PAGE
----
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Health workers’ strike over COVID-19 workload averted, but protest to continue

‘Return to normal adds to existing strains for hospitals’

Health care workers in protective suits are photographed inside a COVID-19 ward at a hospital in Pyeongtaek, Gyeonggi Province, on Nov. 5. (Yonhap)
Health care workers in protective suits are photographed inside a COVID-19 ward at a hospital in Pyeongtaek, Gyeonggi Province, on Nov. 5. (Yonhap)

Hundreds of health workers at hospitals and care homes across South Korea said Wednesday they would be staging a protest rally Thursday, retracting their plan to walk off the job, saying their calls for a manageable pandemic workload have gone unheeded by the government.

Kim Han-byul, one of the representatives of the health care workers’ union, comprising more than 7,600 health and care workers around the country, said the strike was “poised to be averted” after members at two of the larger state hospitals decided to back out Wednesday morning. Instead, the union will stage an outdoor protest outside Cheong Wa Dae at Thursday noon.

“The union most likely would not be able to go through with the strike, as more than 40 percent of our members aren’t able to take part. That does not mean our demands for fair treatment have been met.”

The union said in a statement issued Monday that to prepare for a COVID-19 surge as the country began returning to normal ahead of winter, they had asked the government to augment staffing and implement other support measures.

“In opening up the country, the government said it predicts the number of COVID-19 patients to rise to around 5,000 a day. But not one word was said about what steps might be taken to ease the heavier burden on health workers,” the union said.

“Then again last week, in ordering hospitals to free up more beds to make room for up to 10,000 COVID-19 patients being diagnosed daily, the government said nothing about how it would address the pressure on health workers.”

The union said the government -- while acknowledging that the pandemic exit plan would add to the strain on the health care system -- ignored the difficult working conditions for front-line workers, leading to the vote to strike.

As for concerns about patients being left out of care, the union stressed that workers who provide emergency or nonelective medical services would not be involved in the walkout or the protest.

During a televised briefing Thursday, senior Ministry of Health and Welfare official Lee Chang-joon said from the latest negotiations with the union, an “understanding has been established that the union action will not lead to a significant disruption in medical services.”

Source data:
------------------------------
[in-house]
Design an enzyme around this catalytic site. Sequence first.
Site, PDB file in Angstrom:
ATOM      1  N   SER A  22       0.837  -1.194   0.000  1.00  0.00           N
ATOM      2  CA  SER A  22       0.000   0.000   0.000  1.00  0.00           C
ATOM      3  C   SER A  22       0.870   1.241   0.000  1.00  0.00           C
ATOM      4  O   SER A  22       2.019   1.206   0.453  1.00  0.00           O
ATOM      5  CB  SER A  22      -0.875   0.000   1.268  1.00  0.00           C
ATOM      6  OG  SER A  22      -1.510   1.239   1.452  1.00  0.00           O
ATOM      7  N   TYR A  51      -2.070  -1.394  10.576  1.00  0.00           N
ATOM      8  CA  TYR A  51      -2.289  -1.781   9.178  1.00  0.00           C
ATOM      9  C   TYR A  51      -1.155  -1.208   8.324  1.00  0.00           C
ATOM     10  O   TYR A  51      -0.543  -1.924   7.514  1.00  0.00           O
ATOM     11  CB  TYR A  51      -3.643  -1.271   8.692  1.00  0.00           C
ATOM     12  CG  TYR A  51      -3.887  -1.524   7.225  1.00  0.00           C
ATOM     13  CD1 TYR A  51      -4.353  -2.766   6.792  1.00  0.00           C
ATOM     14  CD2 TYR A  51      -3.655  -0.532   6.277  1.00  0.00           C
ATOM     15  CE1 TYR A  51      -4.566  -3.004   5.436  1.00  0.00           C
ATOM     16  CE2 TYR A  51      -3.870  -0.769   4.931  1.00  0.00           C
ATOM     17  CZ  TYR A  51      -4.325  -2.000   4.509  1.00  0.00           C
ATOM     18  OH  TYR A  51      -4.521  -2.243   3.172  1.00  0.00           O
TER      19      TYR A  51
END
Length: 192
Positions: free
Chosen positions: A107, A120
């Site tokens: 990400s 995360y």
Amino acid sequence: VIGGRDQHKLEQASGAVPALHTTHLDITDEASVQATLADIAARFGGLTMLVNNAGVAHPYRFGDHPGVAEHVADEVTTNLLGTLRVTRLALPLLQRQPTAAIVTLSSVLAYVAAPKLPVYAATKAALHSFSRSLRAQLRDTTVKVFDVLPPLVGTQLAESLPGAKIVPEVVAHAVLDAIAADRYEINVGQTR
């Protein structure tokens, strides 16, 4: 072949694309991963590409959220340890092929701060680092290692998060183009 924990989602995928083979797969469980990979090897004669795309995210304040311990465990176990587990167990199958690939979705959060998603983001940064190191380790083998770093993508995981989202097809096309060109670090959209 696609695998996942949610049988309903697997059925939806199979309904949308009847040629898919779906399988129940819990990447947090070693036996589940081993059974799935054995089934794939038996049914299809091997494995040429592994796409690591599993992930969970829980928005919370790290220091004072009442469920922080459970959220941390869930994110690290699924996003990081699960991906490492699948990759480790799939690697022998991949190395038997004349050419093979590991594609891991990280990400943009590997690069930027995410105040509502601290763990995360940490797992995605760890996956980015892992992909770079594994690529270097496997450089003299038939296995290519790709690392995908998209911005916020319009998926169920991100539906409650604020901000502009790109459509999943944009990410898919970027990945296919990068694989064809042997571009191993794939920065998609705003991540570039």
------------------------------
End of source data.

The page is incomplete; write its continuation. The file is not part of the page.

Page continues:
Lee said the ministry was “determined to provide solutions to staffing and other issues raised by the union.”

“In the last three rounds of meetings the ministry and the union came to terms over how the nursing workforce would be deployed at every hospital with a COVID-19 ward,” he said.

Dr. Eom Joong-sik, an infectious disease specialist at Gachon University Medical Center near Seoul, said hospitals were scrambling to heed Friday’s governmental order to save intensive care beds for COVID-19 patients. The order, he said, had spurred a “wave of resignations” among nursing staff.

“Frankly I cannot blame them. Our COVID-19 beds are already full. They’ve been picking up extra shifts on top of their regular duties with hardly any compensation -- like a couple hundred thousand won -- from the government,” he said. No matter how overwhelmed, hospitals are not allowed to turn COVID-19 patients away.

A head nurse at a Seoul hospital said the pandemic has “spawned an exodus of medical professionals, especially nurses.” According to figures provided by the union, some 4,000 nurses have left the field in just the past year.

“Long working hours, little or no hazard pay, a poor work environment and a sense of disrespect are pushing front-line workers to leave, or consider leaving their profession,” she said.

Kim Wan-bae, a representative of the Korea Hospitals’ Association, said the biggest challenge was retaining the workforce in the first place, and then finding the replacement for those who resign. Most hospitals were struggling financially from the pandemic, compromising their ability to raise pay.

“Change cannot come from within a single hospital. Systemic changes would require policy-level support,” he said.

By Kim Arin (arin@heraldcorp.com)

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